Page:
Missouri Loses Another Harvest

By: Cecil King    

Missouri Loses Another Harvest

While Missouri’s legislators continue to struggle with passing laws to regulate cannabis and the non-psychoactive hemp plant, other states are becoming more attuned to the economic potential of commercialized hemp production.

The Missouri Senate removed House Bill 830 allowing industrial hemp research from further debate as the 2015 growing season came to an end.

The US congress and the President gave the states a green light to start growing hemp for research purposes last year with the passage of the 2014 Farm Bill (i.e. Agricultural Act of 2014).

The state of Kentucky has wasted no time fast tracking their hemp program in 2014 and managed to plant 33 acres. It was the historic first legal hemp crop in decades for Kentucky.

On August 13, 2015, Adam Watson, the Kentucky Agriculture Department’s hemp program coordinator, proudly showed off part of his state’s second annual hemp crop at a University of Kentucky (UK) open house field day event. More than 200 researchers, farmers, ag extension agents and media viewed the historic crop at a test research site in Lexington, KY. “Hemp production will reach nearly 800 acres this year in Kentucky,” said Watson at the UK research farm.

“Acreage would have been higher,” explained Watson, “except for the delayed arrival of imported hemp seeds.” Unfortunately the Drug Enforcement Agency (DEA) didn’t get the memo about the change in the law and immediately impounded all inbound shipments of hemp seed destined for legal research programs. The DEA’s action temporarily stalled all scientific study programs throughout the US and Kentucky.

UK agronomist David Williams described the hemp program for the field day event attendees. Williams is confident of hemp’s long-term viability for creating profits for Kentucky ag producers.

Hemp is a highly profitable plant for farmers in that every part of the plant has utility and potential market value. Hemp’s oilseed makes high-grade food and beauty products. The stalks produce fiber and cellulose for everything from automotive parts and fine clothing to building products and fuel.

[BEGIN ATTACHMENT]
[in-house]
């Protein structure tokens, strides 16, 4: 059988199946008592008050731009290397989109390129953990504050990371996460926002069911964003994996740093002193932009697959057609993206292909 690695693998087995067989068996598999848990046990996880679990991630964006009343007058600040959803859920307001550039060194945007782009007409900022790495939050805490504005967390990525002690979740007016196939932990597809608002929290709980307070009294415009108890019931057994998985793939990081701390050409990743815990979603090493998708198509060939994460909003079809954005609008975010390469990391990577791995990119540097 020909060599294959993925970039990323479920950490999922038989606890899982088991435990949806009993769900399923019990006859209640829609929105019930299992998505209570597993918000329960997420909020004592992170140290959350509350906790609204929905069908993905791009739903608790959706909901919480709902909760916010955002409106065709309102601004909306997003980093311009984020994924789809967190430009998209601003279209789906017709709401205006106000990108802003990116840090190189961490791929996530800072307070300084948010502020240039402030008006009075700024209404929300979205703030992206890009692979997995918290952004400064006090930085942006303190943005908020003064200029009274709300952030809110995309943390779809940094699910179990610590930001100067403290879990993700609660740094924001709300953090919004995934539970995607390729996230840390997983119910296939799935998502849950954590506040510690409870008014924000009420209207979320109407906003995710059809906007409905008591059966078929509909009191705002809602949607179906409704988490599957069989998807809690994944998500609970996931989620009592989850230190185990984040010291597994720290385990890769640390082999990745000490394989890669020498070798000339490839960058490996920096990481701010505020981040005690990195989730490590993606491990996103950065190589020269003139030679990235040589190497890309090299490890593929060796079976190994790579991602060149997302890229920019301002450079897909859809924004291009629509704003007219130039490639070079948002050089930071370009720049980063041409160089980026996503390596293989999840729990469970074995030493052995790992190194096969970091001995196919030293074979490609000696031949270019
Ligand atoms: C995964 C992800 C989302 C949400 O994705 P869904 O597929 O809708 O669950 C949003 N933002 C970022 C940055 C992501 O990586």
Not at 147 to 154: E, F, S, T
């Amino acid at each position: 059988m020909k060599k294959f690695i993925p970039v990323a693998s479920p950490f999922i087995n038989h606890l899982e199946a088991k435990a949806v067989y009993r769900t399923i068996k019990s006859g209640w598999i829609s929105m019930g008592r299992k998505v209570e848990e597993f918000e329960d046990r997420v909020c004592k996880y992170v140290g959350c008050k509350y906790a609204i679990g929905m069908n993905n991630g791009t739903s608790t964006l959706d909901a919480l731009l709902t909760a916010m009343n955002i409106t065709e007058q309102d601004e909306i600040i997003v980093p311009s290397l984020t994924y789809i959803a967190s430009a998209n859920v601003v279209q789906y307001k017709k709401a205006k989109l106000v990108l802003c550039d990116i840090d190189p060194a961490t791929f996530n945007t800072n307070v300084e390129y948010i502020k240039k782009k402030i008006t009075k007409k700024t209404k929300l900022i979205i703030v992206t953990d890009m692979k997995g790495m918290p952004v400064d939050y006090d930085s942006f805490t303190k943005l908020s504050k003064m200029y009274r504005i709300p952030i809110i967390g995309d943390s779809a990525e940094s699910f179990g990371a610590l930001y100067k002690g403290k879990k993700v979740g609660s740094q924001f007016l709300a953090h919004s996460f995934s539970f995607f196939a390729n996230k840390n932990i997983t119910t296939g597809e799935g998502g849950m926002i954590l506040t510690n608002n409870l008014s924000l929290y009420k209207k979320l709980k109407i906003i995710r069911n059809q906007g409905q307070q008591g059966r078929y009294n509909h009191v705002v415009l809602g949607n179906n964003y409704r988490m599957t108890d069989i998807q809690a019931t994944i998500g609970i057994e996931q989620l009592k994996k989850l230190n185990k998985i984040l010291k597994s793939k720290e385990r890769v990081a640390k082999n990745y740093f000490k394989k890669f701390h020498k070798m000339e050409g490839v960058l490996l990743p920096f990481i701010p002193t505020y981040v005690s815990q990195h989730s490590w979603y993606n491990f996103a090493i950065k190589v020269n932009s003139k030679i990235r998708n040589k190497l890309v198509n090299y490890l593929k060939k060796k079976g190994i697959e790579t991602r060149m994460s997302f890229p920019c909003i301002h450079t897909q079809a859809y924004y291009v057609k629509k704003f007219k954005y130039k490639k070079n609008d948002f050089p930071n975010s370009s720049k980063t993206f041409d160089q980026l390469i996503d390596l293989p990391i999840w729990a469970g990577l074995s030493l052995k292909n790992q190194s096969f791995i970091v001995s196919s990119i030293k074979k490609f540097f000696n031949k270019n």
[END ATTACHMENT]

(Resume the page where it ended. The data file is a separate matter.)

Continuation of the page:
One highly visible US-based organic body-care products company, Dr. Bronner’s Magic Soaps, annually imports 20 tons of hemp oil just from Canada alone for producing its all-natural family of products.

Michael Bronner, Vice-President of Dr. Bronner’s Soaps, says hemp oil is a superfatting ingredient. His company uses it in all of their soaps because of its unsurpassed essential fatty acid (EFA) content. Hemp oil makes the soap lather smoother and less drying, and it is an excellent moisturizer in their lotions and balms.

Bronner complains that all the hemp plant and extracts they use in their products is imported into the US. Growing hemp without a federal permit was banned in 1970 due to its classification as a controlled substance related to marijuana.

Dr. Bronner’s and other manufacturers are ready to step up to the plate and exclusively use US grown hemp for their made in the USA products. During Colorado’s and Washington’s historic and successful cannabis and hemp legalization efforts, Bronner urged voters to approve Colorado’s Amendment 64 and Washington’s Initiative 502.

“Allowing the legal cultivation and processing of industrial hemp would provide Colorado and Washington with an infusion of new jobs and tax revenue in the near-term,” exclaimed Bronner. “Our company is ready to invest in developing hemp production in the US. It’s up to the voters to unlock real economic potential by voting yes on these hemp propositions this Election Day.”

According to the hemp farming advocacy group Vote Hemp, the US is the only industrialized nation in the world that prohibits the commercial production of industrial hemp, despite the fact that more hemp fiber, seed and oil is imported to the US than to any other country.

In 1943, US hemp production reached more than 150 million pounds (140.7 million pounds hemp fiber; 10.7 million pound hemp seed) on 146,200 harvested acres. In 2014, Vermont, Kentucky and Colorado had licensed permits to plant 1,831 acres, but due to the DEA’s hemp seed impound and legal obstruction only 125 acres of hemp crops was planted.

Hemp products sold in the US in 2014 had an estimated total retail value of at least $620 million, according to the Hemp Industries Association. However, for Missouri, not one penny of that huge market can go to a single Missouri farmer unless the Missouri state legislature passes an industrial hemp law allowing Missourians to start growing hemp.